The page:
Greeley area - Weld County

Search for rentals in the Greeley area, including these towns:

Eaton, Evans, Galeton, Gilcrest, Gill, Greeley, Kersey, La Salle, Lucerne, Milliken, Platteville, Severance, in CO.

Average Rental Prices for Greeley:

Type Bedrooms Average
Apartment 1 Bedroom $429
Apartment 2 Bedroom $532
Apartment 3 Bedroom $622
Apartment Studio $322
Condo-townhome 2 Bedroom $817
Condo-townhome 3 Bedroom $657
Single family home 1 Bedroom $381
Single family home 2 Bedroom $699
Single family home 3 Bedroom $791
Single family home 4 Bedroom $902
Single family home 5+ Bedroom $942

Rental Tips:

Question: What is the Denver metro rental market like right now?

Wendy Frenzel: When someone says Denver metro, that’s a very large area because even in Castle Rock one neighborhood over another neighborhood the prices vary greatly. Want you are looking at are the amenities location ease of access to the interstates the views how old the homes is, so those are all very different factors in to it.

Condos – if someone is looking for an investment – i try and tell them to say away from condos. Go with a townhome if you have to stay low end if you can go for a single family home.

Condos will always compete with the apartment communities and apartment communities can afford to give you a $99 dollar deposit, 3 months free rent with a year lease they give great incentives where a single owner can’t afford to give away those kinds of items. With the condos you truely are competing with the apartment communities.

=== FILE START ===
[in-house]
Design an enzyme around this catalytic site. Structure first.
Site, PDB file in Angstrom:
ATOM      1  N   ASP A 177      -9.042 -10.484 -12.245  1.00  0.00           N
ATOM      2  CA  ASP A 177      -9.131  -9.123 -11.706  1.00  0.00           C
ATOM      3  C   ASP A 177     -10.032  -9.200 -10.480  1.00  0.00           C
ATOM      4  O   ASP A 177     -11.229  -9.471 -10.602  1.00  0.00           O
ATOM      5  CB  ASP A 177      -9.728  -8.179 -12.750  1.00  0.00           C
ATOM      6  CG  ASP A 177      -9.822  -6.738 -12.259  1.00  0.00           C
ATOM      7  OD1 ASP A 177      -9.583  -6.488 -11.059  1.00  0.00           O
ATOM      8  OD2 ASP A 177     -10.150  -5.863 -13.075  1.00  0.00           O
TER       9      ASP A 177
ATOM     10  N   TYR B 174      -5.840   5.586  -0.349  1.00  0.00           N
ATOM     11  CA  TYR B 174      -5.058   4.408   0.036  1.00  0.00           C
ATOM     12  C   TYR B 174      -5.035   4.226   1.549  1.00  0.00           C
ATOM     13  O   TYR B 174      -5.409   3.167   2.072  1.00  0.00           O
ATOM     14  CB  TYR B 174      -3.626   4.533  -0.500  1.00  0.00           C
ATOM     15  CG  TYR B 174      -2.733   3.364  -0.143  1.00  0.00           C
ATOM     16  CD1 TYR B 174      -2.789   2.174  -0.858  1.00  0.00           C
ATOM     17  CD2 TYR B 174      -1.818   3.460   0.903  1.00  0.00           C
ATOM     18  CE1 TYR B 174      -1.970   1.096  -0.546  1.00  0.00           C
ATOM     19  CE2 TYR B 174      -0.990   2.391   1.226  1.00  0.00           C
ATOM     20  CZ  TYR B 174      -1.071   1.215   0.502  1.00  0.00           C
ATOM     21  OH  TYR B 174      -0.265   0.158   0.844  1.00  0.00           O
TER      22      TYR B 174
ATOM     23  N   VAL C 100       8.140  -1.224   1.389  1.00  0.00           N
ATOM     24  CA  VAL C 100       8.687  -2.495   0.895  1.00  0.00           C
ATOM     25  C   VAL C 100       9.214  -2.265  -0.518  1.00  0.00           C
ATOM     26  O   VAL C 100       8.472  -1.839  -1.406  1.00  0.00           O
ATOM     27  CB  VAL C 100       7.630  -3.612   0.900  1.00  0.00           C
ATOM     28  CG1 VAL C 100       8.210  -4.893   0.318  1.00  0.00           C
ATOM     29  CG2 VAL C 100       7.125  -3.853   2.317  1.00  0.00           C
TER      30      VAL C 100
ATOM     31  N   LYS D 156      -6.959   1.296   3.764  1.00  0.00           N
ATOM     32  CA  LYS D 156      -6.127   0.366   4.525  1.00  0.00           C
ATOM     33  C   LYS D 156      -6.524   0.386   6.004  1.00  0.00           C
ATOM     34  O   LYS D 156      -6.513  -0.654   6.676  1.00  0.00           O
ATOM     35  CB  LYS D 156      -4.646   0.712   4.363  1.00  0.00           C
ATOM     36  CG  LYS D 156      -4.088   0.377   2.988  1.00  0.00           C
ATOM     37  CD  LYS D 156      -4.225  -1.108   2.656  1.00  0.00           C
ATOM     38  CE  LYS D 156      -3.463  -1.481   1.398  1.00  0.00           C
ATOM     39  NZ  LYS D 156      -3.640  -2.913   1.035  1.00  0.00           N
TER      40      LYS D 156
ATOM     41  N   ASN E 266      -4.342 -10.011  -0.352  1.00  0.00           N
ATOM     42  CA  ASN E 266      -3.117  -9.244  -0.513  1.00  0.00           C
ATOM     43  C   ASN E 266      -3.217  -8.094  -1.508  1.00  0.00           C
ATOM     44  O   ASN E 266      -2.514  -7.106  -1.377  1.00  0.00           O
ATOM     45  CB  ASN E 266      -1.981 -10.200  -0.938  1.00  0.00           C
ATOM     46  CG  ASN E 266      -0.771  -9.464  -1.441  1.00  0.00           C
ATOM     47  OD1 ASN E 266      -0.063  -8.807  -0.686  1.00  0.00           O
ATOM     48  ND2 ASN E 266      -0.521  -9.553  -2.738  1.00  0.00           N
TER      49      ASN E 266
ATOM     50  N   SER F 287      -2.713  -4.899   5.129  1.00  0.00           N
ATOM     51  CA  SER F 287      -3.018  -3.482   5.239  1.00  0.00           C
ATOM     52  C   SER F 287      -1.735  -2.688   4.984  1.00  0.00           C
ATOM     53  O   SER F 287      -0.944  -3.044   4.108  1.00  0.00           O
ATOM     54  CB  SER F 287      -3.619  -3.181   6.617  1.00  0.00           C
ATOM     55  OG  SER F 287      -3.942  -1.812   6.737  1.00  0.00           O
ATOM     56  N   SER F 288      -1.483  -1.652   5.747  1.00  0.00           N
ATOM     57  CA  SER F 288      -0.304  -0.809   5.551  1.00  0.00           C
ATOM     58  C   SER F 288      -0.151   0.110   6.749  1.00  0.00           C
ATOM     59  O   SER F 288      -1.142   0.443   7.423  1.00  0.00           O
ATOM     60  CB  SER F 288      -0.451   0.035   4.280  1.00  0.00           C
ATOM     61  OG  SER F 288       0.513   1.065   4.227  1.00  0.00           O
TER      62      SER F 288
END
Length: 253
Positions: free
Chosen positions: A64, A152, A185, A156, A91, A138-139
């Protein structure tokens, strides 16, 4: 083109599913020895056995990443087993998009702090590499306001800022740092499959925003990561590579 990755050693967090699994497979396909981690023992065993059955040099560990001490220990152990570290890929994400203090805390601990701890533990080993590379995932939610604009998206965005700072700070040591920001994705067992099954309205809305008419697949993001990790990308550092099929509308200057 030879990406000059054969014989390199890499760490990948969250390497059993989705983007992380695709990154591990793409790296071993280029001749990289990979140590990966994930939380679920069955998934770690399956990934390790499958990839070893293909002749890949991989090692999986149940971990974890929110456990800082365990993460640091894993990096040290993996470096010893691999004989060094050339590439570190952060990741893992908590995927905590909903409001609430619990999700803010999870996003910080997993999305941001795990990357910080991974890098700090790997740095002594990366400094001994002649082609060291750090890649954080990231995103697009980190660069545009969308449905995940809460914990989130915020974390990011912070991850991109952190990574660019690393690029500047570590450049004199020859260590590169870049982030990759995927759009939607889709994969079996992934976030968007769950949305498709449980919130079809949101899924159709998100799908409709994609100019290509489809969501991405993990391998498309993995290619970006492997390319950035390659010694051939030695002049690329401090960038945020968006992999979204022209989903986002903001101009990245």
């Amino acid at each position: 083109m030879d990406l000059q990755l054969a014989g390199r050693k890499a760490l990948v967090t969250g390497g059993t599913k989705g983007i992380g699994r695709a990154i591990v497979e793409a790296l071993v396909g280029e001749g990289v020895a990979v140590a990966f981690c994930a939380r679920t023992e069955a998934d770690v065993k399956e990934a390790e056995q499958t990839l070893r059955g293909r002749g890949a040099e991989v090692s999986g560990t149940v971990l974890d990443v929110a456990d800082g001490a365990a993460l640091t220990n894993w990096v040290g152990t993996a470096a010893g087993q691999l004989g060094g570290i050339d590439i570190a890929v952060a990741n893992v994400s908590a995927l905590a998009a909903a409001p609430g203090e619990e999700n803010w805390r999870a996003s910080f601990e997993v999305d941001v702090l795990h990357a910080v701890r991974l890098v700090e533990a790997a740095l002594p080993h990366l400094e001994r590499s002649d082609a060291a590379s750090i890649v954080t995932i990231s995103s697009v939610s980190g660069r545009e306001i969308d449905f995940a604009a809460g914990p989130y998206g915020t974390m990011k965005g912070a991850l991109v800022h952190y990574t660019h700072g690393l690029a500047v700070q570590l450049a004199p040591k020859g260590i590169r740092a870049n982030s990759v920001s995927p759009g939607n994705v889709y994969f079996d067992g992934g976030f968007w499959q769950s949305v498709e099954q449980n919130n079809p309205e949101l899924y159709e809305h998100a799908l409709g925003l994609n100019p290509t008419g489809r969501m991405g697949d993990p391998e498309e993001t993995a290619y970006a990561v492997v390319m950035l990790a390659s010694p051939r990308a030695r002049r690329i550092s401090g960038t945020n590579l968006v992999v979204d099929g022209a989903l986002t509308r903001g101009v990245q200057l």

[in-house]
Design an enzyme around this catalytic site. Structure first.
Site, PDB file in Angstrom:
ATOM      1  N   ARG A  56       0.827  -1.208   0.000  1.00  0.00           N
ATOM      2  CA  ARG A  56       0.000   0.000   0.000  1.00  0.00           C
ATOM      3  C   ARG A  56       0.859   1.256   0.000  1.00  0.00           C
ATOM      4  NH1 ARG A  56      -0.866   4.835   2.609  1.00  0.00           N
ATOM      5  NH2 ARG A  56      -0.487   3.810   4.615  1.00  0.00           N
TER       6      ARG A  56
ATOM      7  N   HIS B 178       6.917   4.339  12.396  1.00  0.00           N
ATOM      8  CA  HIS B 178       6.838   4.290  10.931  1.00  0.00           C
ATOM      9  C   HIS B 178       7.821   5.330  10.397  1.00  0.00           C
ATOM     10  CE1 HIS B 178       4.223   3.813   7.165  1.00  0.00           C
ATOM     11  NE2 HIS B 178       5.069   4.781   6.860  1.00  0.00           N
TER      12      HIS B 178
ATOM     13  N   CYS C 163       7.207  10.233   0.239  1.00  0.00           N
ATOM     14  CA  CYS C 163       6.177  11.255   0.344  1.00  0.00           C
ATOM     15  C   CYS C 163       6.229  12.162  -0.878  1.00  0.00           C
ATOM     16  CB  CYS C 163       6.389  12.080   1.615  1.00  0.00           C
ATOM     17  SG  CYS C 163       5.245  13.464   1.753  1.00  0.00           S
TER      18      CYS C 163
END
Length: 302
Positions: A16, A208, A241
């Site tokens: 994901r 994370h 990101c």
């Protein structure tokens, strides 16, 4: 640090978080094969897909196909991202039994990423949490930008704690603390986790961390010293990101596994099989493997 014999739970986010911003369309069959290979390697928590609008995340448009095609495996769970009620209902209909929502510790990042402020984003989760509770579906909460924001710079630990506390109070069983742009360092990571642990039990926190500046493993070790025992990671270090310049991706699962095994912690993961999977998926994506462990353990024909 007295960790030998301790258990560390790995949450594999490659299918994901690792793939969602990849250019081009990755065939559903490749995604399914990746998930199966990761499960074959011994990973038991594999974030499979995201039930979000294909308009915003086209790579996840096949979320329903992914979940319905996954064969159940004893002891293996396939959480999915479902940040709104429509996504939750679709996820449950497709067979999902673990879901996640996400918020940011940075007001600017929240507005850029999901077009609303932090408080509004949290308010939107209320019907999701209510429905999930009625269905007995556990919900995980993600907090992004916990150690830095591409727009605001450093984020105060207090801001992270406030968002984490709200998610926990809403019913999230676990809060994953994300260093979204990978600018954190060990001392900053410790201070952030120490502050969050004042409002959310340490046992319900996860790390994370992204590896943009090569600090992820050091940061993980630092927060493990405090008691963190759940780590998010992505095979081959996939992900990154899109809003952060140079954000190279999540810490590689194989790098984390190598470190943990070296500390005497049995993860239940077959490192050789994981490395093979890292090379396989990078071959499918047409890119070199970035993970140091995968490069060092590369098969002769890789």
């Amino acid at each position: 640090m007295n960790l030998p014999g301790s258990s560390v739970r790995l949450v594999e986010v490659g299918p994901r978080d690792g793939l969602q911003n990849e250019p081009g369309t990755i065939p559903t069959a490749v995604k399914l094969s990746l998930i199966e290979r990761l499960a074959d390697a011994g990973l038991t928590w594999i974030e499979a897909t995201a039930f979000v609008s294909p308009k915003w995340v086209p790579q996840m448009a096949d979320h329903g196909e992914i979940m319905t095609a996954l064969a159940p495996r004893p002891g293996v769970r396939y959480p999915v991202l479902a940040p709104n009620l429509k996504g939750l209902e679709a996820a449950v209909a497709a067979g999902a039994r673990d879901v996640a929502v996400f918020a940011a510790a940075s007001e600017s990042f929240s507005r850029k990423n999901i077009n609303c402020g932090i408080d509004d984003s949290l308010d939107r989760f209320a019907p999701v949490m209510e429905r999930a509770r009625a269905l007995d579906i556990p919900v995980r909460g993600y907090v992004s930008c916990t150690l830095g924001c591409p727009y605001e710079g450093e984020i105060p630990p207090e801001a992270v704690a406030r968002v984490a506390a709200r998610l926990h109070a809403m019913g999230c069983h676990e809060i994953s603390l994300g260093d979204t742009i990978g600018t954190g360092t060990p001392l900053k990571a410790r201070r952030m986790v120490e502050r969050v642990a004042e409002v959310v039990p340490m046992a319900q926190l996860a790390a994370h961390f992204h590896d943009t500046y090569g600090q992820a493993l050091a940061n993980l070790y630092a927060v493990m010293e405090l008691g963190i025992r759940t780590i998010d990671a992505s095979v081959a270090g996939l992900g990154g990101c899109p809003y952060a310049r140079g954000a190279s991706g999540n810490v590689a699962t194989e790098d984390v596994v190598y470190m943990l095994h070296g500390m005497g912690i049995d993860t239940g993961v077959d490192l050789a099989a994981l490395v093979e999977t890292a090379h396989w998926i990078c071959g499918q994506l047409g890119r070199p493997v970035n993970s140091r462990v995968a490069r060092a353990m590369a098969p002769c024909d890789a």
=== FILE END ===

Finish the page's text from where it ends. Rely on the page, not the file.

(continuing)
Townhomes are start looking at which townhomes offer better amenities. You want a 3 car attached garage. Just like you do in a single family home, people like that – if you don’t have an attached garage people are hmmm (make face) and it is not as high on their list.

Is water included or is water not included, what other amenities so you look those types of items determine value.

In single family there is such a wide range, again i am what does it feel like or how does the home flow? Because you could have a 1,700 sq foot home that does flow and feels tight or a 1,700′ home that feels open, even thought they are both 1,700′ homes the open one you can ask for more rent on.

So values right now in Denver they are staying pretty steady sometimes falling a little bit based on the time of year but what we are competing against is there are a lot of homes on the market for sale – people are finding that they can’t sell their home so they are trying the rental market. What people are forgetting though is that 35% of all the foreclosures affect homes that are being leased. One of the news stations did a study and said 35% so some of these residence that are moving into a home that is not managed by a property manager that is managed by a owner that is out of the area and is paying double mortgages, their ARM is going up. They might have just been foreclosed on these residences because the market is doing the weird things that it is doing and now they are getting foreclosed upon again. Having been evicted and having to move. It’s not there fault they have done everything right.

That is a fear that I am having that number continue to go up on how many homes are being foreclosed that affect those people that are leasing. And that is going to affect the values as well.

I think down the road people are going to pay more to work with a property manager then a single family owner that is doing it on their own because they feel a little more comfortable that the home is not going to be foreclosed on.

I have residence that ask me, “So who own this?” And is there any fear that it is going to be foreclosed on? Lets do the research why he is asking me that – because my owners that is something they are not going to let happen because they know if they do I am not a happy camper. That will affect your values.

I think rents are going to go up a little bit more (Castle Rock houses for rent). But we are going to have to work through all the homes that are on the market for sale and work thought the foreclosure process before values continue to go up to where they used to be.